Silas suddenly appears in the middle of the tavern, his agitation giving him a strange, unearthly appearance. For a moment, everyone present, regardless of his stance in the previous argument about the supernatural, believes he is looking at a ghost. Silas, short of breath after his hurried walk to the inn, finally declares that he has been robbed. The landlord tells Jem Rodney, who is sitting nearest Silas, to seize him, as he is delirious. Hearing the name, Silas turns to Rodney and pleads with him to give his money back, telling him that he will give him a guinea and will not press charges. Rodney reacts angrily, saying that he will not be accused.The tavern-goers make Silas take off his coat and sit down in a chair by the fire. Everyone calms down, and Silas tells the story of the robbery. The villagers become more sympathetic and believe Silas’s story, largely because he appears so crushed and pathetic. The landlord vouches for Jem Rodney, saying that he has been in the inn all evening. Silas apologizes to Rodney, and Mr. Dowlas, the farrier, asks how much money was lost. Silas tells him the exact figure, which is more than 270 pounds. Dowlas suggests that 270 pounds could be carried out easily, and he offers to visit Silas’s cottage to search for evidence, since Silas’s eyesight is poor and he might have missed something. Dowlas also offers to ask the constable to appoint him deputy-constable, which sets off an argument. Mr. Macey objects that no doctor can also be a constable and that Dowlas—whose duties as a farrier including the treatment of livestock diseases—is a sort of doctor. A compromise is reached wherein Dowlas agrees to act only in an unofficial capacity. Silas then leaves with Dowlas and the landlord to go to the constable’s office.
Godfrey returns home from the dance to find that Dunsey has not yet returned. Godfrey is distracted by thoughts of Nancy Lammeter, and does not think very much about his brother’s whereabouts. By morning, everyone is discussing the robbery, and Godfrey and other residents of the village visit Silas’s cottage to gather evidence and gossip. A tinder-box is found on the scene and is suspected to be somehow connected to the crime. Though a few villagers suspect that Silas is simply mad or possessed and has lied about the theft, others defend him. Some townspeople suspect that occult forces took the money, and consider clues such as the tinder-box useless.
The tinder-box reminds Mr. Snell, the tavern landlord, of a peddler who had visited Raveloe a month before and had mentioned that he was carrying a tinder-box. The talk among the townspeople turns to determining the peddler’s appearance, recalling his “evil looks” and trying to determine whether or not he wore earrings. Everyone is disappointed, however, when Silas says he remembers the peddler’s visit but never invited him inside his cottage. Godfrey, remembering the peddler as a “merry grinning fellow,” dismisses the stories about the peddler’s suspicious character. Silas, however, wanting to identify a specific culprit, clings to the notion of the peddler’s guilt.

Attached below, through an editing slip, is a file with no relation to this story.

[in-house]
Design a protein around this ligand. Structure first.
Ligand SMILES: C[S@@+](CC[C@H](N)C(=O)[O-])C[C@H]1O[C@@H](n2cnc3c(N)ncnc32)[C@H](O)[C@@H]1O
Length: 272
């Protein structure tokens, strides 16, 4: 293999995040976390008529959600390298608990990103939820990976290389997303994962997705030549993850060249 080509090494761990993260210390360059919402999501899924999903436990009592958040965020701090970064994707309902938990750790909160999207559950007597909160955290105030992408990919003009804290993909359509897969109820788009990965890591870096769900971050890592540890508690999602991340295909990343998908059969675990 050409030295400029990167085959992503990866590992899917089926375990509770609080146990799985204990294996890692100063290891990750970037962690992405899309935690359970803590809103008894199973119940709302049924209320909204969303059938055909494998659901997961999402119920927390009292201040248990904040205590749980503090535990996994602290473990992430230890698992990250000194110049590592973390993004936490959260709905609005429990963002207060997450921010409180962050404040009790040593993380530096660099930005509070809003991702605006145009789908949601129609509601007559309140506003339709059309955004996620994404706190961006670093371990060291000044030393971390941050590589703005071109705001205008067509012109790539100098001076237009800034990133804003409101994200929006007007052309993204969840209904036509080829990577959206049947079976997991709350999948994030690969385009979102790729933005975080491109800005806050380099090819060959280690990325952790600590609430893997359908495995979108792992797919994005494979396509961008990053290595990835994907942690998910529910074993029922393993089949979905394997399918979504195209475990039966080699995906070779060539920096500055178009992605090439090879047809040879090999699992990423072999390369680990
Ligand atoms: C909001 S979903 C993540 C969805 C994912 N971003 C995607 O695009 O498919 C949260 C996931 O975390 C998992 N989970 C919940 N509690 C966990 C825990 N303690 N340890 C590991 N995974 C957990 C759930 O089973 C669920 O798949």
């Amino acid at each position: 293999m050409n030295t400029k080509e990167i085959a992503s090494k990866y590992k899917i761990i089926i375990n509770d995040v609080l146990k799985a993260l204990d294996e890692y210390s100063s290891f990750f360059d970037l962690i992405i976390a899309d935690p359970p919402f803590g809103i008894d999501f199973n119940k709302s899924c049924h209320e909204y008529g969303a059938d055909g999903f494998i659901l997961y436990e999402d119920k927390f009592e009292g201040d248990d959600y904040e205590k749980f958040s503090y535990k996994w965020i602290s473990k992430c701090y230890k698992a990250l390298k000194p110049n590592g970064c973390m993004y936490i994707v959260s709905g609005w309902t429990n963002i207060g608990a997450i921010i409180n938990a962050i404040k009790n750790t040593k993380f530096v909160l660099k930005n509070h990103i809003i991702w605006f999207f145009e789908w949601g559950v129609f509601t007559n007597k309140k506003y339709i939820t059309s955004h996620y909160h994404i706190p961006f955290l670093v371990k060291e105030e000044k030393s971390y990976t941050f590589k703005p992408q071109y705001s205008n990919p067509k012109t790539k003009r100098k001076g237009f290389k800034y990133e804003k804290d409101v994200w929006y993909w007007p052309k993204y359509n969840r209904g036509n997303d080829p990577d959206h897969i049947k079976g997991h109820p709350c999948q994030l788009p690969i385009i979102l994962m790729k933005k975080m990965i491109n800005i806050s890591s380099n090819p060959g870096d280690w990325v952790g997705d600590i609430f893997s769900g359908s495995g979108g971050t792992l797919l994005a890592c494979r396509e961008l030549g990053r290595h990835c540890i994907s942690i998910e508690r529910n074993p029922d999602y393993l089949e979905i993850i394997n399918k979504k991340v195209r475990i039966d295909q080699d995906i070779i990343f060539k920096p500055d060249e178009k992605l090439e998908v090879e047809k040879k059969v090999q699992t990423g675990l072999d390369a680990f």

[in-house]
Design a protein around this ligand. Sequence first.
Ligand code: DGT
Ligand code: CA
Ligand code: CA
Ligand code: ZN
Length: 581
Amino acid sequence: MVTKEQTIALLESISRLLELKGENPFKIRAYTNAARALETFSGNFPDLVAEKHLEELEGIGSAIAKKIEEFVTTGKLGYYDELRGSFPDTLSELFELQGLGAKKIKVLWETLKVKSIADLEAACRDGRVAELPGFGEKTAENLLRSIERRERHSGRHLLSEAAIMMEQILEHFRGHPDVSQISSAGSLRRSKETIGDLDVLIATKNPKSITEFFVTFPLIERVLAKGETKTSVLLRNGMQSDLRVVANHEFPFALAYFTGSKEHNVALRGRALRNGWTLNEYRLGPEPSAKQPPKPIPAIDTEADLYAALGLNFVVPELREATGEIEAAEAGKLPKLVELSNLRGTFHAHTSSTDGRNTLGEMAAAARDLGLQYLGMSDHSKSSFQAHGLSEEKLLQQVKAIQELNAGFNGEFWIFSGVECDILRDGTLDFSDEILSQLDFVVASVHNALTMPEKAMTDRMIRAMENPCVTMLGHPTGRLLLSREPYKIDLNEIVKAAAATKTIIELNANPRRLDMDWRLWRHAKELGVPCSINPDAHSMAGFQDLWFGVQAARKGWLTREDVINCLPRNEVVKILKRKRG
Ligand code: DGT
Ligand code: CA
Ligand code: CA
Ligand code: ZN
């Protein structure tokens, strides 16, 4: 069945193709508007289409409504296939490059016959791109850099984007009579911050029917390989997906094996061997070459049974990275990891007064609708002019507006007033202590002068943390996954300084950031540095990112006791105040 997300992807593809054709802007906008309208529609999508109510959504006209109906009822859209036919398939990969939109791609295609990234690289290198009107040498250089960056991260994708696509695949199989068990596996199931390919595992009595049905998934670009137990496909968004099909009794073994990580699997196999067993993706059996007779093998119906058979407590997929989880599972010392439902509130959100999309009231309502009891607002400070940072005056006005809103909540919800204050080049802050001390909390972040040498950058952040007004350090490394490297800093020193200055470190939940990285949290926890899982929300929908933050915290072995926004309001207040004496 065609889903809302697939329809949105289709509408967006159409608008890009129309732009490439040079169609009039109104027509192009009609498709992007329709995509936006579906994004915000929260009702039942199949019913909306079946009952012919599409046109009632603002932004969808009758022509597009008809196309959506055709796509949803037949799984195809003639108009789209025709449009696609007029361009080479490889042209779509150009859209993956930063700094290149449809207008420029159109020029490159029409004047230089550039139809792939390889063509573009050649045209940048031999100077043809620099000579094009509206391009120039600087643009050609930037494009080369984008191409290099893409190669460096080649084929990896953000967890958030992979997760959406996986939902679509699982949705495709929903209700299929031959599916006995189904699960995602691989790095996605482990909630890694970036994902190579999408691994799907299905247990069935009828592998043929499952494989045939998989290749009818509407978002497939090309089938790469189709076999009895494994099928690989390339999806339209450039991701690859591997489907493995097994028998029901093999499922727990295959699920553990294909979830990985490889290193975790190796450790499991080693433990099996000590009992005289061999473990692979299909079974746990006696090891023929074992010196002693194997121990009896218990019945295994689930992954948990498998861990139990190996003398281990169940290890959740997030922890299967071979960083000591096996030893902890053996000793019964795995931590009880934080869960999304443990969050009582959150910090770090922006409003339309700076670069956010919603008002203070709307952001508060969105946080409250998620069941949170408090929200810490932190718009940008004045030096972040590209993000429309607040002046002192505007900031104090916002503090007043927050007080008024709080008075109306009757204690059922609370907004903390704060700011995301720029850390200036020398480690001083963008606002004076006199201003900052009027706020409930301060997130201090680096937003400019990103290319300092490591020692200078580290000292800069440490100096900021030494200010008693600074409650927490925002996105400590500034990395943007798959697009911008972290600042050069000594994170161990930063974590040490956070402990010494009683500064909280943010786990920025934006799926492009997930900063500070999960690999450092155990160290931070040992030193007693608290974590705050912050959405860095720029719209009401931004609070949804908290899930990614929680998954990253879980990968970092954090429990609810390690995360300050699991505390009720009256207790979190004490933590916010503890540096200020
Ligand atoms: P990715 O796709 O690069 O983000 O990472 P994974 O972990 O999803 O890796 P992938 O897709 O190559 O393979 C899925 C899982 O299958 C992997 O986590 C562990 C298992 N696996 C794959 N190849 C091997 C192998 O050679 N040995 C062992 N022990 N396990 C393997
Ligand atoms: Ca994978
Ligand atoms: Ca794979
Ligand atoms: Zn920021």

Dunsey’s continuing absence distracts Godfrey from this discussion, and Godfrey worries that Dunsey may have run away with his horse. In an attempt to find out what has happened, Godfrey rides to the town where the hunt started and encounters Bryce, the young man who had agreed to buy Wildfire. Bryce is surprised to learn of Dunsey’s disappearance and tells Godfrey that Wildfire has been found dead. Seeing no alternative and hoping to free himself from Dunsey’s threats of blackmail, Godfrey decides to tell his father not only about the rent money but about his secret marriage as well. Godfrey steels himself for the worst, as Squire Cass is prone to violent fits of anger and rash decisions that he refuses to rescind, even when his anger has passed. The next morning, Godfrey decides to confess only partly and to try to direct his father’s anger toward Dunsey.
Godfrey takes his own breakfast early and waits for Squire Cass to eat and take his morning walk before speaking with him. Godfrey tells his father about Wildfire and about how he gave the rent money to Dunsey. His father flies into one of his rages and asks why Godfrey stole from him and lied to him for Dunsey’s sake. When Godfrey is evasive, the Squire comes close to guessing the truth. The Squire goes on and on, blaming his current financial troubles on the overindulgence of his sons. Godfrey insists that he has always been willing to help with the management of his father’s estate, but the Squire changes the subject, complaining about Godfrey’s waffling over whether to marry Nancy Lammeter. The Squire offers to propose for Godfrey, but Godfrey is again evasive and refuses the offer. Afterward, Godfrey is not sure whether to be grateful that nothing seems to have changed or uneasy that he has had to tell more half-truths. Though Godfrey worries that his father might push his hand and force him to refuse Nancy, as usual, he merely places his trust in “Favourable Chance,” hoping that some unforeseen event will rescue him from his predicament.
Weeks pass with no new evidence about the robbery and no sign of Dunsey. No one connects Dunsey’s disappearance with the theft, however, and the peddler remains the primary suspect, though some still insist that an inexplicable otherworldly force is responsible. Silas is still inconsolable, and passes the days weaving joylessly. Without his money, his life feels empty and purposeless. He earns the pity of the villagers, who now think of him as helpless rather than dangerous. They bring Silas food, call on him to offer condolences, and try to help him get over his loss. These efforts are only mildly successful. Mr. Macey subjects Silas to a long and discursive speech about coming to church, among other things, but gets little reaction and leaves more perplexed by Silas than before.
Another visitor is Dolly Winthrop, the wheelwright’s wife, a selfless and patient woman. Dolly brings her son Aaron and some of her famed lard-cakes. She encourages Silas to attend church, particularly since it is Christmastime. When she asks if he has ever been to church, Silas responds that he has not; he has only been to chapel. Dolly does not understand the distinction Silas is making—nor, in any significant way, does Silas. Wanting to show his gratitude for the visit, all Silas can think to do is offer Aaron a bit of lard-cake. Aaron is frightened of Silas, but Dolly coaxes him into singing a Christmas carol. Despite his gratitude, Silas is relieved after the two have left and he is alone to weave and mourn the loss of his money.